Overdiagnosis Due to Prostate-Specific Antigen Screening: Lessons From U.S. Prostate Cancer Incidence Trends

Etzioni R, Penson DF, Legler JM, et al. J Natl Cancer Inst. 2002; 94:981-990.

Abstr Hematol Oncol. 2002;5(4) 

In This Article


A potential drawback of prostate-specific antigen (PSA) testing is overdiagnosis of clinically insignificant prostate cancer. In the absence of quantitative estimates, the magnitude of this problem is unknown. To shed light on the issue, estimated rates of prostate cancer overdiagnosis associated with PSA testing were compared with data from the National Cancer Institute's Surveillance, Epidemiology, and End Results (SEER) registry on observed incidence of prostate cancer in the United States from 1988 to 1998. Overdiagnosis was defined as the detection of prostate cancer through testing that would not otherwise have been identified during the patient's lifetime.

Estimated rates were figured using a computer simulation model of PSA testing that developed rates of occurrence of diagnosis and death from prostate cancer among a hypothetical cohort of 2 million men who would have been 60 to 84 years old in 1988. By comparing the model-projected incidence with the observed incidence derived from SEER registry data, lead times and corresponding overdiagnosis rates consistent with the observed SEER data were determined.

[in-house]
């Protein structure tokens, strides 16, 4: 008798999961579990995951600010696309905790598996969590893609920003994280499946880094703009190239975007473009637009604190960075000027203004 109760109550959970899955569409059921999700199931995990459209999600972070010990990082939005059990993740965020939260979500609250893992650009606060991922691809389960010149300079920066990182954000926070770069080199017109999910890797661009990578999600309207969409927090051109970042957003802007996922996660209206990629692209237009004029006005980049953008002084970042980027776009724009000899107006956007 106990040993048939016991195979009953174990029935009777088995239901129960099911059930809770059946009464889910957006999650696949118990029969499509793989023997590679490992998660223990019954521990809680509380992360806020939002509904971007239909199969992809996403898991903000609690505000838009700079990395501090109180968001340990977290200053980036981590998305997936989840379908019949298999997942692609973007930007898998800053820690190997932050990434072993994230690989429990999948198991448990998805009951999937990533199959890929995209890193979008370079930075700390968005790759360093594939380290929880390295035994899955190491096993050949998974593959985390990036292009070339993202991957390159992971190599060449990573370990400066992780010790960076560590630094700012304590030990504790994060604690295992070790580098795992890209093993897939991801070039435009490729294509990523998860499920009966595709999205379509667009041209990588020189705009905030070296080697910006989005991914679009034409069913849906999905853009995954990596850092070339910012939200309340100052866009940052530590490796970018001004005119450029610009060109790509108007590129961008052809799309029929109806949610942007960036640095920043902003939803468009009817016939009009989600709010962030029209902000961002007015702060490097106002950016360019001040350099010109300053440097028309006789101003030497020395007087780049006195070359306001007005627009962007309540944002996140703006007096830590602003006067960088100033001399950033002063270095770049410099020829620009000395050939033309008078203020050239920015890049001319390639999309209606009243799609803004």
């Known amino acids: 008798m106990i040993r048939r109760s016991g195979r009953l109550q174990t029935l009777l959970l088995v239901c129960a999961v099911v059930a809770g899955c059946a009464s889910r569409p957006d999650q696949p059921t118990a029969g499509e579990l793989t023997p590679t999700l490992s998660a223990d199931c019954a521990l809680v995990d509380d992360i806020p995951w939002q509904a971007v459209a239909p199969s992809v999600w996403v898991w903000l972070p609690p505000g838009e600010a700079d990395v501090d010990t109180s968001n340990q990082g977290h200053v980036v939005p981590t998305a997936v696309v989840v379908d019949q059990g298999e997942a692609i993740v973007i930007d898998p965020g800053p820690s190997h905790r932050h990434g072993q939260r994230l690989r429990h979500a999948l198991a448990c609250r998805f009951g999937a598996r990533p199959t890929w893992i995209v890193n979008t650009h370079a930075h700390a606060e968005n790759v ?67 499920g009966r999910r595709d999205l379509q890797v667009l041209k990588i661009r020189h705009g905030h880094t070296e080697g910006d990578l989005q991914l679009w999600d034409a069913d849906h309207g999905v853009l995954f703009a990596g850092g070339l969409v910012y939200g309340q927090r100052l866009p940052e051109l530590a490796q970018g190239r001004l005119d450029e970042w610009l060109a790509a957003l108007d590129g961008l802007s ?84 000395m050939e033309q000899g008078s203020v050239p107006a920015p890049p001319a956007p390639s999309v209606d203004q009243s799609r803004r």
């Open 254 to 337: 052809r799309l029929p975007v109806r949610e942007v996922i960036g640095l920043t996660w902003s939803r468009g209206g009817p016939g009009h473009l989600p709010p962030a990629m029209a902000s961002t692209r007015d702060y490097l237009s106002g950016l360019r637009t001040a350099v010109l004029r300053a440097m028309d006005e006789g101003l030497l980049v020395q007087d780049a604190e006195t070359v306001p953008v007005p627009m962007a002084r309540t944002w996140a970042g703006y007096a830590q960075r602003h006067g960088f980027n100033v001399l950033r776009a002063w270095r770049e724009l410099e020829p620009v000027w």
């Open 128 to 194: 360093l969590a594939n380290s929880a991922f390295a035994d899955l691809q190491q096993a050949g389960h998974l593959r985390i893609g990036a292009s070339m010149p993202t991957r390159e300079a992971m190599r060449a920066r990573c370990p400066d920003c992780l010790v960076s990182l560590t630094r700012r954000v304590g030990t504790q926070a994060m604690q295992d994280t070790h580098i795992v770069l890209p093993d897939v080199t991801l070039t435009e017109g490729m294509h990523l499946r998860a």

The data suggested that between 1988 and 1998 the rate of overdiagnosis of prostate cancer associated with PSA testing was approximately 29% among white men and 44% among black men. The rate of overdiagnosis among men with prostate cancer that would have been detected only at autopsy was, at most, 15% among white men and 37% among black men. The findings suggest that overdiagnosis associated with PSA testing is considerable but that the majority of screen-detected cancers diagnosed between 1988 and l998 would have presented clinically.


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